Both of you advised to push the staff to the bottom. My measurement however showed a staff diameter of 0.56 at the upper end of the brass sleeve and 0.55 at the lower end. Assuming a straight tapered staff I was tempted to push it to the top, but no movement.
Eventually I could remove the staff to the bottom.
View attachment 536947

A strange double tapered staff appeared: the part in the brass sleeve was roughly square shaped.
View attachment 536949

In advance I had removed the roller that came loose with a nasty frightening cracking noise, but there was no damage in any way.
View attachment 536948

Hours later this work was finished.
View attachment 536950

Frank
Frank
I am happy it worked out for you. It looks great.

The most unusual staff I have ever had, had a roller that was one piece to the staff itself with a triangle roller jewel in a triangle hole.

In this case, if you did not have a staff, I am assuming that you machined or cut a replacement staff. Personally, if it had ran true when chucked on the square, I may have been tempted to repivot it as it appears to have the dimensions that would support such a repair.

Jerry Kieffer
 

praezis

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Feb 11, 2008
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Jerry,
yes I made a new staff.
0.11 mm pivots are beyond my drilling possibilities, my limit is 0.20.

Frank
 

Jerry Kieffer

Registered User
NAWCC Member
May 31, 2005
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Jerry,
yes I made a new staff.
0.11 mm pivots are beyond my drilling possibilities, my limit is 0.20.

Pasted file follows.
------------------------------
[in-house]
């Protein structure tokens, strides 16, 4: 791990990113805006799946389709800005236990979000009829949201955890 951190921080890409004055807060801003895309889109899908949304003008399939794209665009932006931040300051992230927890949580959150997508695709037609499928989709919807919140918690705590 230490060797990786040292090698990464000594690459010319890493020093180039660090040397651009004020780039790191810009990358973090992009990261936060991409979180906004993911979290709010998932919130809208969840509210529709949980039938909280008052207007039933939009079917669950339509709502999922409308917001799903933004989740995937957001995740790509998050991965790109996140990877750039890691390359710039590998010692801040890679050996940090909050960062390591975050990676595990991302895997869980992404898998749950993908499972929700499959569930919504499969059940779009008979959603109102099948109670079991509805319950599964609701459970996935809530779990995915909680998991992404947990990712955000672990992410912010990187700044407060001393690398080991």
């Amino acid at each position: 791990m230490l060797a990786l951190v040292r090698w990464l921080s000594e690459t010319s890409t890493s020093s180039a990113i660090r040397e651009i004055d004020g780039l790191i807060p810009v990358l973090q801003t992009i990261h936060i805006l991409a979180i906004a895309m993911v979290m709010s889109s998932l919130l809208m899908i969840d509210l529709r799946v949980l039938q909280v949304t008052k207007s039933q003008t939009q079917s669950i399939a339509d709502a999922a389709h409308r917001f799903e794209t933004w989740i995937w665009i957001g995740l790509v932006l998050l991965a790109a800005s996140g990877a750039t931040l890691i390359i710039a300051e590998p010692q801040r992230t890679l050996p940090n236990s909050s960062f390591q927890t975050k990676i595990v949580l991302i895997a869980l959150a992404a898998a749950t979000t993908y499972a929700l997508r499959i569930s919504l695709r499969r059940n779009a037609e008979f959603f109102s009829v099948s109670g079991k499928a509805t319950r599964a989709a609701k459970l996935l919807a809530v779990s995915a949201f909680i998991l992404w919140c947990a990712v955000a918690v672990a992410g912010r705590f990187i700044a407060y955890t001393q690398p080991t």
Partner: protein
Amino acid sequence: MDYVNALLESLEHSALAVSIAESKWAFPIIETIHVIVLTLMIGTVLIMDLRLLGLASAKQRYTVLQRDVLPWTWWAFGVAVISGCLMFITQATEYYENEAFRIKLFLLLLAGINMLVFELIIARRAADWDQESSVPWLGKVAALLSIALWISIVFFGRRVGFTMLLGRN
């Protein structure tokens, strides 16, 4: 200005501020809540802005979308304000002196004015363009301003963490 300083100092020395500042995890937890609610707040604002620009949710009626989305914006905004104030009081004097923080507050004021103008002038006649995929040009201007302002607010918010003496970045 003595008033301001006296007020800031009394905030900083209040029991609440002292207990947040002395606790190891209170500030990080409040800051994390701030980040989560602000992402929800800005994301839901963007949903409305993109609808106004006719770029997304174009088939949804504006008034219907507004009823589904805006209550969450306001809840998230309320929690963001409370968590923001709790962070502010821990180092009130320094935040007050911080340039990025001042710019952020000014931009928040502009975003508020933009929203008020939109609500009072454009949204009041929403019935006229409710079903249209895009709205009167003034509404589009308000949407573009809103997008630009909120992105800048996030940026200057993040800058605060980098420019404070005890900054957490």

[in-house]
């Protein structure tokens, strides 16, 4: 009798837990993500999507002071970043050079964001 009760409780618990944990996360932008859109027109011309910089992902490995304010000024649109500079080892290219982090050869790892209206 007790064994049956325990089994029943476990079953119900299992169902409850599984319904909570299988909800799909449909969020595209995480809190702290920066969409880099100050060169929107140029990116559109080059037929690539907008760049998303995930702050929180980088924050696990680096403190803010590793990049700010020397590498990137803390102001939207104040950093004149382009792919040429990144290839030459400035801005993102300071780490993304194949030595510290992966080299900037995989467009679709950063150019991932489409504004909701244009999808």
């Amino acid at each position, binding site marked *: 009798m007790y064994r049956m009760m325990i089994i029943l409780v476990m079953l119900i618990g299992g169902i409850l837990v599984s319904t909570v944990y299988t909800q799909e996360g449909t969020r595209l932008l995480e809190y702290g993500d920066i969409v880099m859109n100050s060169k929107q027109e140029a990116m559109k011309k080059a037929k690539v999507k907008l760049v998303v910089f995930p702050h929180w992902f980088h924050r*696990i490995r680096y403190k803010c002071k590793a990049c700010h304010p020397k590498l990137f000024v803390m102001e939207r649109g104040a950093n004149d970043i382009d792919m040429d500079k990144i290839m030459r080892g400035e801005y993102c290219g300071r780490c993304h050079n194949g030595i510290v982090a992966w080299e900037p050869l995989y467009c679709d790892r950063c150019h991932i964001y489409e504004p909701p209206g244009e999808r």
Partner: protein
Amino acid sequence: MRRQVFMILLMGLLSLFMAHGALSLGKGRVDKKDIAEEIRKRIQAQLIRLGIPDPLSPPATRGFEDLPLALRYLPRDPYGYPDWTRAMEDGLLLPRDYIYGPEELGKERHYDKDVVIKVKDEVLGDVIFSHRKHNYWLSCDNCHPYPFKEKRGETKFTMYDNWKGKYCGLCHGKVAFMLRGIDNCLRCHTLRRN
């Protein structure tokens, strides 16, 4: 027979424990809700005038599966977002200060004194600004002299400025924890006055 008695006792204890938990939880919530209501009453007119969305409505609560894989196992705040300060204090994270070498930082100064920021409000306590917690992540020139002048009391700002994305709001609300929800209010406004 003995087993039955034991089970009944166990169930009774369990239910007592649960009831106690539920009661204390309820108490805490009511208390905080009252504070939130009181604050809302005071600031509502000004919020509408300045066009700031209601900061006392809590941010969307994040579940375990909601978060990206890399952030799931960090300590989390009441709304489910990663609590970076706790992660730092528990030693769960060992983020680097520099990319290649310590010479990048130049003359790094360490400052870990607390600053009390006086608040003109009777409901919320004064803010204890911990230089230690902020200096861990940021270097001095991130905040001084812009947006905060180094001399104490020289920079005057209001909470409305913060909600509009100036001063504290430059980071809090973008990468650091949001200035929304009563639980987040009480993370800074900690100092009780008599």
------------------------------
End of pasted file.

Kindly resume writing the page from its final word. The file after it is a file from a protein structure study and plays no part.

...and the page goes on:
Frank
Frank
Micro drilling is of course another topic by itself.

In this case, I would have also machined a new staff due to its basic design. However had I repivoted it for whatever reason, it would have been done per the attached sketch.
When repivoting, I rarely Repivot the actual size of the pivot, but some what larger. I then machine down too size that assures a round straight pivot centered to the staff or whatever.

Jerry Kieffer

fullsizeoutput_3ef.jpeg
 

praezis

Registered User
Feb 11, 2008
497
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Jerry,
I know that micro drilling is one of your favorite topics and I like your postings and amazing ideas.

Recently I had to replace twice the pallet staffs of PWs as above. One got the pivot drilled, the other staff was turned. I found the drilling not so much faster than the other method. With all the involved extra work amazingly it always takes twice the time that I expected before.

Frank
 

Jerry Kieffer

Registered User
NAWCC Member
May 31, 2005
2,838
471
83
wisconsin
Country
Jerry,
I know that micro drilling is one of your favorite topics and I like your postings and amazing ideas.

Recently I had to replace twice the pallet staffs of PWs as above. One got the pivot drilled, the other staff was turned. I found the drilling not so much faster than the other method. With all the involved extra work amazingly it always takes twice the time that I expected before.

Frank
Frank
I would agree that a typical pallet arbor can be turned or machined in about the same time as repivoting. Personally, I only repivot where original strength, accuracy, appearance and function can be maintained while minimizing time and effort.

Jerry Kieffer